Brexit talks: what about electricity?

News Article

The UK is set to leave the EU today without any clear way forward for the electricity industry. How will the UK electricity market be regulated as of 1 February? What changes will affect the sector? Are we at risk of a blackout or growing prices?

All these questions are legitimate and the EU power sector urges negotiators to include an Energy and Climate Chapter in the post-Brexit transition arrangement, which will be drafted in the coming 11 months. This is a must have to avoid major problems.

Eurelectric calls upon the negotiators to include the following 4 critical points in the upcoming Energy and Climate Chapter:

1. The continuous participation of the UK in the Internal Energy Market and relevant EU agencies/bodies (Entso, ACER, Euratom etc.).

Such maintained cooperation is paramount to ensure an integrated wholesale energy market, fit-for-purpose cross-border interconnections and efficient energy trading agreements that benefit all consumers.

In 2019, cross-border interconnectors made up almost 10 % of UK’s electricity demand and imports are expected to cover 20 % by 2025. Cross-border synergies are key to balance out an increasingly renewables-based system, which will make Europe the first carbon neutral continent.

2. The safeguard of the Integrated Single Electricity Market (I-SEM) between Ireland and Northern Ireland.

Aside from being a symbol of cross-border political cooperation, the ‘all island’ approach provides significant economic benefits to consumers. These include: access to a more efficient and larger scale electricity market, the provision of cheaper sources of electricity, the integration of unprecedented levels of renewable energy and enhanced security of supply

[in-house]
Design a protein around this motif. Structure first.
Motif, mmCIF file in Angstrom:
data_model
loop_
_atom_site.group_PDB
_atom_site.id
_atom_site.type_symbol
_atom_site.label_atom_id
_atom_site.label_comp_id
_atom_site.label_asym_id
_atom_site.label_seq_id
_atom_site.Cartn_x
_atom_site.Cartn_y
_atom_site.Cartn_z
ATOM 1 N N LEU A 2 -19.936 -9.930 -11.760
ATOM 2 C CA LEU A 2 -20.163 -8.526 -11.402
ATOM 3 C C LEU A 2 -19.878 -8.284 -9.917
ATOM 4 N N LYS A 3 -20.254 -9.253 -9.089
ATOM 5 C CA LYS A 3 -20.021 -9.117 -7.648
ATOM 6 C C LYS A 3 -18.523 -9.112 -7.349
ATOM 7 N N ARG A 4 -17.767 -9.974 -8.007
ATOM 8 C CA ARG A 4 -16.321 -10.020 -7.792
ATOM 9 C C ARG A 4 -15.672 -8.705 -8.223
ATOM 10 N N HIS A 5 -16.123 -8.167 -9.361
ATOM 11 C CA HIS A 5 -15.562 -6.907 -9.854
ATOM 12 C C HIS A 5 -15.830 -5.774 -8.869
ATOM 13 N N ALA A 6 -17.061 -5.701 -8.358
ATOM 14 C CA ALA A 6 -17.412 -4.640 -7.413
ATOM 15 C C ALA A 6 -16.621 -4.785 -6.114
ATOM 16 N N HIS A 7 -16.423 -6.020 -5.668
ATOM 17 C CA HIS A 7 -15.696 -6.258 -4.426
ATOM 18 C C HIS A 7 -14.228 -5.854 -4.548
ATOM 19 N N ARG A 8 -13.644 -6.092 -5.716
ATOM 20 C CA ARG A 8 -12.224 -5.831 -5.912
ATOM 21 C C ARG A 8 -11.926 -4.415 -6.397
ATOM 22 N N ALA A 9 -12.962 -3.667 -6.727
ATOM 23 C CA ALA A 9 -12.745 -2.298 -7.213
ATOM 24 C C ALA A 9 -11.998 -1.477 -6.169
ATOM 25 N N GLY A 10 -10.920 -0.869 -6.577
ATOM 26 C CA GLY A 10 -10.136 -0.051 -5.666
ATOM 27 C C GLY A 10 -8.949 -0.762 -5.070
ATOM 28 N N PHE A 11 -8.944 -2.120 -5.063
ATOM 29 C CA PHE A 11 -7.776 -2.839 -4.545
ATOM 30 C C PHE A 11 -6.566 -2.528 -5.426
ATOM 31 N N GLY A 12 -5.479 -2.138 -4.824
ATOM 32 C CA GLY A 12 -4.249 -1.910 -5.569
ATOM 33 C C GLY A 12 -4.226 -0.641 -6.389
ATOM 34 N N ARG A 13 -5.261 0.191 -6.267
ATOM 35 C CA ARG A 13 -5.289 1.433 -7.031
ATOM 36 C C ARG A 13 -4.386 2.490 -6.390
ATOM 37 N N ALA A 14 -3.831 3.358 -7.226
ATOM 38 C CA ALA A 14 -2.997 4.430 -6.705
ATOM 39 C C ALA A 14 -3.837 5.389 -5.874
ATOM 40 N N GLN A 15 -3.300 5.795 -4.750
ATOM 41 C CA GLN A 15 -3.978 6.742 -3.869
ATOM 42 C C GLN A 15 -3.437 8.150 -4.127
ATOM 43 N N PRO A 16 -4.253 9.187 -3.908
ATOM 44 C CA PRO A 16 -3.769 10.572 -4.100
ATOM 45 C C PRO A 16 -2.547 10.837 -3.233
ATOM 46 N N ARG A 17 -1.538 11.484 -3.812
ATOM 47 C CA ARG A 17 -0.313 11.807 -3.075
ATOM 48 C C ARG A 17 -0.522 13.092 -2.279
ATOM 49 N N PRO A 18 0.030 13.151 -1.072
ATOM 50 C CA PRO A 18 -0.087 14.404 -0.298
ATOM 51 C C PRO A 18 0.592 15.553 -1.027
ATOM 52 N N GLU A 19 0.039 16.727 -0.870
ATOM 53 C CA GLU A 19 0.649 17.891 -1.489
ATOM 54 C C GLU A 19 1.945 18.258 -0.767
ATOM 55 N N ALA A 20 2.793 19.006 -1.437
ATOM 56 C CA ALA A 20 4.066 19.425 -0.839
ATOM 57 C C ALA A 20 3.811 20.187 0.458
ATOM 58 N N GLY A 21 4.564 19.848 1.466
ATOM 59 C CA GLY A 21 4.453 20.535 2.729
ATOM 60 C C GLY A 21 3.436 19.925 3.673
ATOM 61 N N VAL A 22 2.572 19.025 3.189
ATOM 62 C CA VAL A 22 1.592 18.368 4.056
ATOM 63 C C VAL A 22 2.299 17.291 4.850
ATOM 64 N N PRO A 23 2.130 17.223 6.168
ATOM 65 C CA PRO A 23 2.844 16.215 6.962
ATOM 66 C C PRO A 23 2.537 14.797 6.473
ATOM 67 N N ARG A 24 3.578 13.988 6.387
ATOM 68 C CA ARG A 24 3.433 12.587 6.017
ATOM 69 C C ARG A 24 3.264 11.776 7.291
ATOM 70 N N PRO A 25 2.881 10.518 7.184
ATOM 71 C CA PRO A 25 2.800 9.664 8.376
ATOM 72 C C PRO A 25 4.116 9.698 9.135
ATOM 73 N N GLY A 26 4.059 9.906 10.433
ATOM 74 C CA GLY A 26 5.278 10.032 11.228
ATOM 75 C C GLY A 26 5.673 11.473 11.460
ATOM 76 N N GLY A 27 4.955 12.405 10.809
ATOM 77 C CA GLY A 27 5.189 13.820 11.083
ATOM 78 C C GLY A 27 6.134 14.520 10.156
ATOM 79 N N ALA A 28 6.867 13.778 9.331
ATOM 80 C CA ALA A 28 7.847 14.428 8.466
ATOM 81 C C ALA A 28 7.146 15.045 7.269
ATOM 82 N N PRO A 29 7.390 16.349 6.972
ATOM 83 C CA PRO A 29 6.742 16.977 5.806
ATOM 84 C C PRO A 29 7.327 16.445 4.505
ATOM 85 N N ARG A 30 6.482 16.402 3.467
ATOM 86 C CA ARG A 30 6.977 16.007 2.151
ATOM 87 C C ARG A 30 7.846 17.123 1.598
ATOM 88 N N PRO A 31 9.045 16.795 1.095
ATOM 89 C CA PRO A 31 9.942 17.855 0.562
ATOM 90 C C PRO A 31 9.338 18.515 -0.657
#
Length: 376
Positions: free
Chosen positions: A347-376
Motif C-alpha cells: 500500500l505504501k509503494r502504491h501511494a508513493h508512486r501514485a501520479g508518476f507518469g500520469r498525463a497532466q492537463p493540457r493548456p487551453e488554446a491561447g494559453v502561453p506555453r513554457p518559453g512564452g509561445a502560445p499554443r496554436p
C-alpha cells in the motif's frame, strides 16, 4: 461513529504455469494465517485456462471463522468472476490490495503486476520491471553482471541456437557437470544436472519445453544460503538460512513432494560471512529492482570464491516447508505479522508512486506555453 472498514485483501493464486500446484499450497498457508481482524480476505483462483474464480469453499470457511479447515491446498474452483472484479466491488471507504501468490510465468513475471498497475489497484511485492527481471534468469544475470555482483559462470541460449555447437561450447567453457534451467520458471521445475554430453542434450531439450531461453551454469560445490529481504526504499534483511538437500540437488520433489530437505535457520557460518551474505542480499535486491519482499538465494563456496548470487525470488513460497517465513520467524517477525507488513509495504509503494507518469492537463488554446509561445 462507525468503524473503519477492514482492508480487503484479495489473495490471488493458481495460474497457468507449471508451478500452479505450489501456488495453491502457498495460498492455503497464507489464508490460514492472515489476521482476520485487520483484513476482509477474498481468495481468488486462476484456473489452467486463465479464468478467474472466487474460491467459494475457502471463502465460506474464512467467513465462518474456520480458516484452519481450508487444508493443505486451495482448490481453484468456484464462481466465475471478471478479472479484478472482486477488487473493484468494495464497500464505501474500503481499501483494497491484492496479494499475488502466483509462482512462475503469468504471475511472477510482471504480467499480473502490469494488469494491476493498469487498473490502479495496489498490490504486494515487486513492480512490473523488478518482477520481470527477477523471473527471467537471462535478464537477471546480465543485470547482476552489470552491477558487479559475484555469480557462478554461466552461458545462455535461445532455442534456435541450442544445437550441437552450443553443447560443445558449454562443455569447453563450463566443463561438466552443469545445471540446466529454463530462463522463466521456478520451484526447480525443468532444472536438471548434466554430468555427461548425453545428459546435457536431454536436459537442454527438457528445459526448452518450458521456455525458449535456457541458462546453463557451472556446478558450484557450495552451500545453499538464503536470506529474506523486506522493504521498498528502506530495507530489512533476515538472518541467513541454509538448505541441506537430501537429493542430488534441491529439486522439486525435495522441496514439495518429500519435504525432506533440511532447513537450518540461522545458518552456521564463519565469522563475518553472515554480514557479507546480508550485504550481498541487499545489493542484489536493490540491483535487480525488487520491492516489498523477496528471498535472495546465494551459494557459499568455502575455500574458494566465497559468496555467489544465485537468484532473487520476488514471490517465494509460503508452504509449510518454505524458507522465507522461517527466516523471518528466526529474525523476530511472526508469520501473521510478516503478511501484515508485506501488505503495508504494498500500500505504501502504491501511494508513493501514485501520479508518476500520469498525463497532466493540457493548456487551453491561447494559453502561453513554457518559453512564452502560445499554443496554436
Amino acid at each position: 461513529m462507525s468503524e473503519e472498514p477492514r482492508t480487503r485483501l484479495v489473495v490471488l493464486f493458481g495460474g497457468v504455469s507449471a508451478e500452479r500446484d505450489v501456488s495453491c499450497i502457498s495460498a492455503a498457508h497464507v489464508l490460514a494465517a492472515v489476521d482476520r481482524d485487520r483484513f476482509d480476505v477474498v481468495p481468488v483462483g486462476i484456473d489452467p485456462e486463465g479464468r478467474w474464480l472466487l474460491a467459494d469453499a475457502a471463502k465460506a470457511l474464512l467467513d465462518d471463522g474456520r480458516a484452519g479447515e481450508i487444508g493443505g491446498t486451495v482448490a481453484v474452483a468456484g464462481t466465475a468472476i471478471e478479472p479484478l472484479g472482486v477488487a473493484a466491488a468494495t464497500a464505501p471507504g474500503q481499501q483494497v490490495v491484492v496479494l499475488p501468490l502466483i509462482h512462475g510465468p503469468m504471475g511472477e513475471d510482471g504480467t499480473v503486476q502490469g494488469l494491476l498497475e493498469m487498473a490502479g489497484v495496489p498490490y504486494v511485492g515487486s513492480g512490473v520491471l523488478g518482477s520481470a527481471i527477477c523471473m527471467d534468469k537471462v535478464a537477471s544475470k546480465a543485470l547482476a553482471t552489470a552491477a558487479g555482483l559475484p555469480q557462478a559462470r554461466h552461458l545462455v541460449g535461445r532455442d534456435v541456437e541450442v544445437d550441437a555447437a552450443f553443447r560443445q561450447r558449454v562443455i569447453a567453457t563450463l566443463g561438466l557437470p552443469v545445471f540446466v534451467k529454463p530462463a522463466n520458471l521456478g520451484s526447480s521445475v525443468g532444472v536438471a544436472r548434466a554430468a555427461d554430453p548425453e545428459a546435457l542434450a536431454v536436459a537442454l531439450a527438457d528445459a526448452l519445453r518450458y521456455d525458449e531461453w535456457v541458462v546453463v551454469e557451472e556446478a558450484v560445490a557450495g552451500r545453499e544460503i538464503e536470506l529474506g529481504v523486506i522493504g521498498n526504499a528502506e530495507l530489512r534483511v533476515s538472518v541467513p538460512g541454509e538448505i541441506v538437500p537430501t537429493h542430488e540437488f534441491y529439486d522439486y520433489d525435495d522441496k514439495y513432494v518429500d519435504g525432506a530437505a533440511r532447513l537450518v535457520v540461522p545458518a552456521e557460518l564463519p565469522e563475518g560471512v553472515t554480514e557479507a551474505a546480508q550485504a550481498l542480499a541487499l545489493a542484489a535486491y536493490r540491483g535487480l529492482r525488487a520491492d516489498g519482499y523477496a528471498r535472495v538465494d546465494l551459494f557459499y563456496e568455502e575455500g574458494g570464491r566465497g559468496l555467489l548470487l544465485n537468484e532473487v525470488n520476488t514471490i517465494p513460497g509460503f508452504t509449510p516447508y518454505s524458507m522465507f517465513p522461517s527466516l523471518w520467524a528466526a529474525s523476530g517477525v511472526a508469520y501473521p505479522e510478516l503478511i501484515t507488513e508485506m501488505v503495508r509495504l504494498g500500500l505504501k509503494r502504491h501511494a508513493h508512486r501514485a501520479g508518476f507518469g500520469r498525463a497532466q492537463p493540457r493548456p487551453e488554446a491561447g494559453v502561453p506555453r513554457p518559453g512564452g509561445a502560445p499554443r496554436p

3. A clear action plan for the UK and EU to reach carbon neutrality by 2050.

The action plan should ensure the maintenance of the UK in EU funding projects for the deployment of low carbon energy infrastructures and technologies (e.g. Horizon 2020, Connecting Europe Facilities and Projects of Common Interest). It should also guarantee that rules regarding carbon pricing are sufficiently aligned to allow for a cooperation between the EU and the UK towards full decarbonisation.

4. A sturdy governance and arbitration mechanism.

This mechanism is needed to facilitate the free and fair trading of electricity in a competitive investment environment and to settle any regulatory divergences that may arise. The absence of a cooperation framework would otherwise jeopardise the delivery a secure, affordable and clean electricity to consumers.

Read the full statement here.